reasons for discrediting Dr. Puen's opinions. The ALJ begins by stating the Plaintiff's x-rays and MRI does not support Dr. Puen's opinions. (Tr. 16). However, the x-ray of Plaintiff's back was taken in 2006 (Tr. 158) and Plaintiff has never undergone a lumbar MRI. Furthermore, the ALJ, in discounting the Plaintiff's cervical MRI, failed to include that the report did find a central disc protrusion. (Tr. 238). The ALJ also stated that even prior to Plaintiff's rotator cuff repair, "it is hard to believe that her shoulder impairment would have restricted her ability to sit to only 15 minutes or to stand to less than two hours per day," as Dr. Puen indicated in his assessment. (Tr. 16). However, an ALJ may not substitute his opinion for those of a claimant's treating physician. See Ness v. Sullivan, 904 F2d 432,435 (8th Cir. 1990). Finally, the ALJ discounted Dr. Puen's assessment based on Plaintiff's daily activities of taking care of her ill mother and buying groceries. (Tr. 16). However, a claimant need not spend all of her time in bed or be unable to perform some household chores to suffer disabling pain. See Ludden v. Bowen, 888 F2d 1246,1248 (8th Cir. 1989). The Defendant argues in his brief some points in support of the argument that the ALJ performed a proper review of Dr. Puen's assessment. (Doc. No. 8, Pg. 11). These included: (A) from October 2006 through September 2007, Plaintiff's examinations were generally within normal limits and neurologically intact, (B) Dr. Puen's records from October 2007 through August 2008 showed Plaintiff's physical examinations were generally within normal limits, and (C) on the day of the administrative hearing, Plaintiff remained seated for an hour without needing to stand up or ask for breaks. However, these points were not discussed by the ALJ. Substantial evidence does not support the ALJ's decision of Plaintiff being not disabled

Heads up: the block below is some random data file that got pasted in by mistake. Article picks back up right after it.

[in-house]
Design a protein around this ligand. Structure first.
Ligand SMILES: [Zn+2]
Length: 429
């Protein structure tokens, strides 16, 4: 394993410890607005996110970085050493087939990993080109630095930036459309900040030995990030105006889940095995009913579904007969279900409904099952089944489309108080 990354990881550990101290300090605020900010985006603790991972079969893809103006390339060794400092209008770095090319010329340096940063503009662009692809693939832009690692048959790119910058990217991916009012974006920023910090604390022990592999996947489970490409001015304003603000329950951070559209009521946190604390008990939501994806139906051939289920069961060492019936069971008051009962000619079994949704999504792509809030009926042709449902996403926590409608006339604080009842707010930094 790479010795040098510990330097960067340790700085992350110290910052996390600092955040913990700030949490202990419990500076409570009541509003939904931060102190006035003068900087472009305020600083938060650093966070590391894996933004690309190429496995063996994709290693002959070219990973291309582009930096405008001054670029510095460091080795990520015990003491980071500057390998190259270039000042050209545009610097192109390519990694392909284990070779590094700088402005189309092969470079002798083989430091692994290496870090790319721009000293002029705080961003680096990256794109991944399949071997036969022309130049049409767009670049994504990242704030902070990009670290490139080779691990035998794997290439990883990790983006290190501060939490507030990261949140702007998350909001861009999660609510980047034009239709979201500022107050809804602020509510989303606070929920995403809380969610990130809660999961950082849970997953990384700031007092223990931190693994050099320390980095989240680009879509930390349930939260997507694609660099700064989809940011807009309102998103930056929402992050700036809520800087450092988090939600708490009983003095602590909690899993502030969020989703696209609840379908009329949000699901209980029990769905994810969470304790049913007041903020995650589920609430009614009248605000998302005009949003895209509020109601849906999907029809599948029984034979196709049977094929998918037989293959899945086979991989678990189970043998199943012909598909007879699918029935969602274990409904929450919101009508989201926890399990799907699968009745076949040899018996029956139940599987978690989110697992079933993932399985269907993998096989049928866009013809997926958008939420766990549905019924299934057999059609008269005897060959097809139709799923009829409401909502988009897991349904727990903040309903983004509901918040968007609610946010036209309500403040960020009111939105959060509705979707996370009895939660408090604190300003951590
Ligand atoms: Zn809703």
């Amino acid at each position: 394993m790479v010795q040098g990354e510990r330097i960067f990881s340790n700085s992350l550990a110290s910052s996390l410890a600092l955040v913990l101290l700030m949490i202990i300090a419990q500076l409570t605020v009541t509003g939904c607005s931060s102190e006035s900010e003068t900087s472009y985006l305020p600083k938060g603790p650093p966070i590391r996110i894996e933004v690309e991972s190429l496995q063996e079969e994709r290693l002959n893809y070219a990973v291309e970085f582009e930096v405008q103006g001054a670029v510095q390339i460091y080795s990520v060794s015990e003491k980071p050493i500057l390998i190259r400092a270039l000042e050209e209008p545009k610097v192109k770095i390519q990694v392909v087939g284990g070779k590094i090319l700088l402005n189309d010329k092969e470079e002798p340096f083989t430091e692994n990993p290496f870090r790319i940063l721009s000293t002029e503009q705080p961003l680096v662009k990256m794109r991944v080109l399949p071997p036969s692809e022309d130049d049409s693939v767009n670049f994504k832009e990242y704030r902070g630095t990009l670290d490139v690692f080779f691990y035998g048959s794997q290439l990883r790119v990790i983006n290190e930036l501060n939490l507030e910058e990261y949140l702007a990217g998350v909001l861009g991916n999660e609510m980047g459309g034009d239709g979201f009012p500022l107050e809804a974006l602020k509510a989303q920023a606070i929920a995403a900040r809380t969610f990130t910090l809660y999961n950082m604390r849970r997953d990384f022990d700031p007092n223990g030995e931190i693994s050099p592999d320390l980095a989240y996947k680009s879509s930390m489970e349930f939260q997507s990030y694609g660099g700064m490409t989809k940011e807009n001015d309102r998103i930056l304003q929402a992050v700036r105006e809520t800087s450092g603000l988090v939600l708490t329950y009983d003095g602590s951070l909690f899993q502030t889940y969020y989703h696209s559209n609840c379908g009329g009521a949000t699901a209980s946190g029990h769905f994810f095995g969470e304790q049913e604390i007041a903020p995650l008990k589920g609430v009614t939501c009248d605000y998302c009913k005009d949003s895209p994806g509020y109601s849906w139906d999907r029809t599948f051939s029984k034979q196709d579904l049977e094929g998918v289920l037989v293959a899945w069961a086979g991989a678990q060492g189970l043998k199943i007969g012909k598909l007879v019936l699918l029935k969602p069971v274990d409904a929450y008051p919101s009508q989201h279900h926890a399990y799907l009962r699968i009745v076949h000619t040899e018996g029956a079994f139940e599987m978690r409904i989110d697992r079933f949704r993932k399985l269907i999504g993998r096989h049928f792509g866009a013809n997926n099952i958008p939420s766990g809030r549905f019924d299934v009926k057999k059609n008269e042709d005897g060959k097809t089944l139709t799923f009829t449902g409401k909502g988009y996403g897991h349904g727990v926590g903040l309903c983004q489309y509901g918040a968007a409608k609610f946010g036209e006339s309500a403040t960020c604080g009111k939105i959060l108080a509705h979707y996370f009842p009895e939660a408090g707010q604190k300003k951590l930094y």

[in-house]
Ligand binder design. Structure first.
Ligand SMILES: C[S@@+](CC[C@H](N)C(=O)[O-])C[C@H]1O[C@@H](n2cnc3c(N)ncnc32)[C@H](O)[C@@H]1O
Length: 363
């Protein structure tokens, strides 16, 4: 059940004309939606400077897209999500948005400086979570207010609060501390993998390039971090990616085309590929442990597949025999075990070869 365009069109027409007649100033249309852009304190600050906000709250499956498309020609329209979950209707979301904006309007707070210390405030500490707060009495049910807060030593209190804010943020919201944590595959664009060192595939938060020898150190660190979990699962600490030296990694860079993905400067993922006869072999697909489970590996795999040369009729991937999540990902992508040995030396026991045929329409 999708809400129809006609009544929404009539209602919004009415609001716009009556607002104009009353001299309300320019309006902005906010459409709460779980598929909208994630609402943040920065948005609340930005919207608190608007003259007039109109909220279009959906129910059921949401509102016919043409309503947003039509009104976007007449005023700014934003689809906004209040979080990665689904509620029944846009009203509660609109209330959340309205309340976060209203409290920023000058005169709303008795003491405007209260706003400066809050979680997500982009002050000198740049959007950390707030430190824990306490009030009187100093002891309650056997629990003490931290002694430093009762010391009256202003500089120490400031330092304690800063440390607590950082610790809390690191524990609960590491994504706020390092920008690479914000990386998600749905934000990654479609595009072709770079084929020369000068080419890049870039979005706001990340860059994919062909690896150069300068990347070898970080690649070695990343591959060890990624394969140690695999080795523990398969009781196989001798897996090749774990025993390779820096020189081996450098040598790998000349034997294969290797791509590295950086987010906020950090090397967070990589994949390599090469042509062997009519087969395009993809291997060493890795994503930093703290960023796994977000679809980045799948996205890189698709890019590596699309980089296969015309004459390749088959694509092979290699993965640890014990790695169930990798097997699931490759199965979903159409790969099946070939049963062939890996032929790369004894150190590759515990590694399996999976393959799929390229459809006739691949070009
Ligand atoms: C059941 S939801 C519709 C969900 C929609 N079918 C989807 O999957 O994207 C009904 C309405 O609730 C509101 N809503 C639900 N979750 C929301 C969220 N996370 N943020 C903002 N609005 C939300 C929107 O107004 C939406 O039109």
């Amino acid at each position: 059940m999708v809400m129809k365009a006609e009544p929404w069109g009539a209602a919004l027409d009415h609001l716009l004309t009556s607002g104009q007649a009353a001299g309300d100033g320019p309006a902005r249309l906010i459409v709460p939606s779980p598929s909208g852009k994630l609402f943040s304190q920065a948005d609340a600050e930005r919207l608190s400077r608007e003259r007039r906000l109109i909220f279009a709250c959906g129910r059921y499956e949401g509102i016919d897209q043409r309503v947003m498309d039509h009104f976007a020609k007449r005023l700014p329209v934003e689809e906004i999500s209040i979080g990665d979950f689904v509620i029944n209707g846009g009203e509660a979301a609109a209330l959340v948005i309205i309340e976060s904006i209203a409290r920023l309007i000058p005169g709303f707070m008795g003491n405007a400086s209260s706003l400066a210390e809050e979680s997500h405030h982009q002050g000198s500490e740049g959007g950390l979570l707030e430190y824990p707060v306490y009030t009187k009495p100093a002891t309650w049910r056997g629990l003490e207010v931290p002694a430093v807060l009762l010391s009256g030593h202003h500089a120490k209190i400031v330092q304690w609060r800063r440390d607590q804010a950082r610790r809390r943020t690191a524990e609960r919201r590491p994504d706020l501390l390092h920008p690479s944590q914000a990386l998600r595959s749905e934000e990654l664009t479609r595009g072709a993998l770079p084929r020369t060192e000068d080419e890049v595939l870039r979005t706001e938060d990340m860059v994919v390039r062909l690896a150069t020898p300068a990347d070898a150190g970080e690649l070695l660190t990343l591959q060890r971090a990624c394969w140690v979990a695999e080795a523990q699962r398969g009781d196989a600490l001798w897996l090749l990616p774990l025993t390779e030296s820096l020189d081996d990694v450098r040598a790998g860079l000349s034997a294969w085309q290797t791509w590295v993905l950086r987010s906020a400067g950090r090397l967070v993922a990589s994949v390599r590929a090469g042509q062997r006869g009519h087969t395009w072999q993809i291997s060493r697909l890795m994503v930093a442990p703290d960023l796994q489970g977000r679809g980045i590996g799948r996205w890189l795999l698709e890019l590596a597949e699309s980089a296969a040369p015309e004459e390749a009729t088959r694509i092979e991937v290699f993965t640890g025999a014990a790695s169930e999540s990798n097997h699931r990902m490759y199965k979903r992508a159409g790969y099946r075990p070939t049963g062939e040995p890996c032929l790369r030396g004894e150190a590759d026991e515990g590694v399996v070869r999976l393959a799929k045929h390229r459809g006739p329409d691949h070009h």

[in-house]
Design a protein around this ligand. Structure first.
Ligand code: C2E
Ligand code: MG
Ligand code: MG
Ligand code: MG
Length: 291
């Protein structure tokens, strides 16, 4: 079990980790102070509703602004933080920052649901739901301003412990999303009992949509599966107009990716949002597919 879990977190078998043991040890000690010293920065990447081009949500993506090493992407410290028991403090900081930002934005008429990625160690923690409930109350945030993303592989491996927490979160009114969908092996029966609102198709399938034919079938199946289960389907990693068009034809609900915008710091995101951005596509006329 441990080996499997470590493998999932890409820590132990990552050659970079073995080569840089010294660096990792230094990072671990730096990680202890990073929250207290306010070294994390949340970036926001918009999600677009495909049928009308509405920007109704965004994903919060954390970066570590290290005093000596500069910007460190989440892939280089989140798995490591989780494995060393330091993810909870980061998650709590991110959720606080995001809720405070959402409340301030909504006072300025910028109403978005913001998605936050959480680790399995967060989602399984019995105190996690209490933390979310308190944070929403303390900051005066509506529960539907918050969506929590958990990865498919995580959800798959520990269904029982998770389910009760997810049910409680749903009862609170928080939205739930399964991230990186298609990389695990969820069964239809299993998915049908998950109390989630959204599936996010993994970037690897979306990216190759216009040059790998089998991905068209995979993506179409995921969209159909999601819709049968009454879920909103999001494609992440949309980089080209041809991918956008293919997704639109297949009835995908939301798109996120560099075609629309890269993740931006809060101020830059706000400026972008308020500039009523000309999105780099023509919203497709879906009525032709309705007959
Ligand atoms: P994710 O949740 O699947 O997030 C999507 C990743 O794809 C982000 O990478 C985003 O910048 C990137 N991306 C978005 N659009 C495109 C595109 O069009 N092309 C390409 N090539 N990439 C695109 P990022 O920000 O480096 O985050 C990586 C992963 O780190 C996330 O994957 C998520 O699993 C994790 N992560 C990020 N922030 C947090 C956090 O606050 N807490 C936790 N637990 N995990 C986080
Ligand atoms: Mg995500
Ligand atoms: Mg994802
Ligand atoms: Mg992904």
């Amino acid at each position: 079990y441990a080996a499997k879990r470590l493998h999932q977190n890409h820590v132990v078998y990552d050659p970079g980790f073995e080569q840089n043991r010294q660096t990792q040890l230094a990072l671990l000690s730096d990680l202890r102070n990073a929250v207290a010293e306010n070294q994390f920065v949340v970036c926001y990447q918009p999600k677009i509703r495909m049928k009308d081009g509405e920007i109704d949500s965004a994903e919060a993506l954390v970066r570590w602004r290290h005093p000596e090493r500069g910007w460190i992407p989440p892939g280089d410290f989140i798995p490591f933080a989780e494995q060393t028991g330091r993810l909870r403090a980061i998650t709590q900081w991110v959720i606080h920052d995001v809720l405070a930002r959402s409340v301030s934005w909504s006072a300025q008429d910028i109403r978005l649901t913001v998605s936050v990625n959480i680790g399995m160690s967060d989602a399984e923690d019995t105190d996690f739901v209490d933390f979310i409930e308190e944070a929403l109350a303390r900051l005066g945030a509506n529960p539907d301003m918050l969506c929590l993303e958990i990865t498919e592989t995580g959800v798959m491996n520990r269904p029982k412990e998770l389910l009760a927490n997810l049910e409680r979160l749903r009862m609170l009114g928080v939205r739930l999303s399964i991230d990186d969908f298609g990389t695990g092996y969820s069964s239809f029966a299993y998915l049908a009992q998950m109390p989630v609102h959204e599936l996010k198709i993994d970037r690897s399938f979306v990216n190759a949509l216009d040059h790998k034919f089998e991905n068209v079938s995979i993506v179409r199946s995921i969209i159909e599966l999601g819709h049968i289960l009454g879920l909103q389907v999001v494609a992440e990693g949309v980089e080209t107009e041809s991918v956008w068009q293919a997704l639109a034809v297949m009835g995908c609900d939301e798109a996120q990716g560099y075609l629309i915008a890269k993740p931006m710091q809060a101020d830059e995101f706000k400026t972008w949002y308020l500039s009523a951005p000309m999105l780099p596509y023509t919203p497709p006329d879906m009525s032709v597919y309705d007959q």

because the ALJ failed to properly analyze the opinion of Plaintiff's treating physician Dr. Puen.2 Because the ALJ did not properly review the opinions of Plaintiff's treating physician, Dr. Puen, this case should be reversed and remanded for proper review and analysis of Dr. Puen's opinions. Upon remand, the ALJ may still find Plaintiff not disabled, however a proper and complete analysis pursuant to 20 C.F.R. § 404.1527(d)(2) must be performed.3 4. Conclusion: Based on the foregoing, the undersigned finds that the decision of the ALJ, denying benefits to Plaintiff, is not supported by substantial evidence and should be reversed and remanded. A judgment incorporating these findings will be entered pursuant to Federal Rules of Civil Procedure 52 and 58. ENTERED this 22nd day of June, 2010. /s/ Barry A. Bryant HON. BARRY A. BRYANT U.S. MAGISTRATE JUDGE
T h e ALJ was correct in disregarding the opinions of Dr. Vest. As the ALJ pointed out, Dr. Vest performed a Mental Residual Functional Capacity Questionnaire and stated Plaintiff had a GAF of 60. Dr. Vest stated 60 was th e highest GAF score for the past year for the Plaintiff. (Tr. 278). However, the record shows Dr. Vest never gave P la in tiff a GAF score below 75 during the time from July 26, 2006 through June 23, 2008. (Tr. 178, 186, 189, 192, 1 9 5 , 202, 205, 289, 292, 301, 306, 316).
B ased on these findings, I do not find it necessary to reach to other points of error raised by the Plaintiff in this
a p p e a l.